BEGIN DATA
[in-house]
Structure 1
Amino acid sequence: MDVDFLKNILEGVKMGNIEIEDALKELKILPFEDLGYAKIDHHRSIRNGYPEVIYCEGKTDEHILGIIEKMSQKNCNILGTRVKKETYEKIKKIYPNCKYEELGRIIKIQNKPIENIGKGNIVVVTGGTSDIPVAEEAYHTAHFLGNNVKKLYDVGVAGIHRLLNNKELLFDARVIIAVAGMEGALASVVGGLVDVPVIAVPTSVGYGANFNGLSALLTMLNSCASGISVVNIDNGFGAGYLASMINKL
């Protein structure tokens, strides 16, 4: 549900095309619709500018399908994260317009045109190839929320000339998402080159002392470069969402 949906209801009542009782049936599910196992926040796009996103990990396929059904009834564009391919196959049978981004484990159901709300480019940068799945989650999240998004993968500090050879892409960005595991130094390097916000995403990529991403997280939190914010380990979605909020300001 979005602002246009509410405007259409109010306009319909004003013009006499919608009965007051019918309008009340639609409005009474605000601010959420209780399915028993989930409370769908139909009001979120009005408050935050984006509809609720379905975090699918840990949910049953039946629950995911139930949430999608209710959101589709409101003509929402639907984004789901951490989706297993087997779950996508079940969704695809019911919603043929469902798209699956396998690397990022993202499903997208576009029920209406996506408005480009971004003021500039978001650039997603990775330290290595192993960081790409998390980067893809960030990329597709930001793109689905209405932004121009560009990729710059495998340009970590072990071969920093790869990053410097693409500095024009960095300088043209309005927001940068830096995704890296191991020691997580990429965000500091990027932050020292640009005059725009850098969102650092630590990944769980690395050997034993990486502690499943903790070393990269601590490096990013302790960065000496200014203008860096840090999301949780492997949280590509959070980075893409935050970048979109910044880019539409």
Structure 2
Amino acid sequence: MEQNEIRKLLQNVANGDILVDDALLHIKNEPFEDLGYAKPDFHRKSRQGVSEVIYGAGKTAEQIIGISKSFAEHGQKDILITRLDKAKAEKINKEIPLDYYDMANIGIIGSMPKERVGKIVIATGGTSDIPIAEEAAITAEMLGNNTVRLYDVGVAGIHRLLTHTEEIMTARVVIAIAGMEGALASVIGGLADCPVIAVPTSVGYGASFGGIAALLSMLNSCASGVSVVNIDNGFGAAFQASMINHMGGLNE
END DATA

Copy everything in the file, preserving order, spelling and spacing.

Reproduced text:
[in-house]
Structure 1
Amino acid sequence: MDVDFLKNILEGVKMGNIEIEDALKELKILPFEDLGYAKIDHHRSIRNGYPEVIYCEGKTDEHILGIIEKMSQKNCNILGTRVKKETYEKIKKIYPNCKYEELGRIIKIQNKPIENIGKGNIVVVTGGTSDIPVAEEAYHTAHFLGNNVKKLYDVGVAGIHRLLNNKELLFDARVIIAVAGMEGALASVVGGLVDVPVIAVPTSVGYGANFNGLSALLTMLNSCASGISVVNIDNGFGAGYLASMINKL
């Protein structure tokens, strides 16, 4: 549900095309619709500018399908994260317009045109190839929320000339998402080159002392470069969402 949906209801009542009782049936599910196992926040796009996103990990396929059904009834564009391919196959049978981004484990159901709300480019940068799945989650999240998004993968500090050879892409960005595991130094390097916000995403990529991403997280939190914010380990979605909020300001 979005602002246009509410405007259409109010306009319909004003013009006499919608009965007051019918309008009340639609409005009474605000601010959420209780399915028993989930409370769908139909009001979120009005408050935050984006509809609720379905975090699918840990949910049953039946629950995911139930949430999608209710959101589709409101003509929402639907984004789901951490989706297993087997779950996508079940969704695809019911919603043929469902798209699956396998690397990022993202499903997208576009029920209406996506408005480009971004003021500039978001650039997603990775330290290595192993960081790409998390980067893809960030990329597709930001793109689905209405932004121009560009990729710059495998340009970590072990071969920093790869990053410097693409500095024009960095300088043209309005927001940068830096995704890296191991020691997580990429965000500091990027932050020292640009005059725009850098969102650092630590990944769980690395050997034993990486502690499943903790070393990269601590490096990013302790960065000496200014203008860096840090999301949780492997949280590509959070980075893409935050970048979109910044880019539409």
Structure 2
Amino acid sequence: MEQNEIRKLLQNVANGDILVDDALLHIKNEPFEDLGYAKPDFHRKSRQGVSEVIYGAGKTAEQIIGISKSFAEHGQKDILITRLDKAKAEKINKEIPLDYYDMANIGIIGSMPKERVGKIVIATGGTSDIPIAEEAAITAEMLGNNTVRLYDVGVAGIHRLLTHTEEIMTARVVIAIAGMEGALASVIGGLADCPVIAVPTSVGYGASFGGIAALLSMLNSCASGVSVVNIDNGFGAAFQASMINHMGGLNE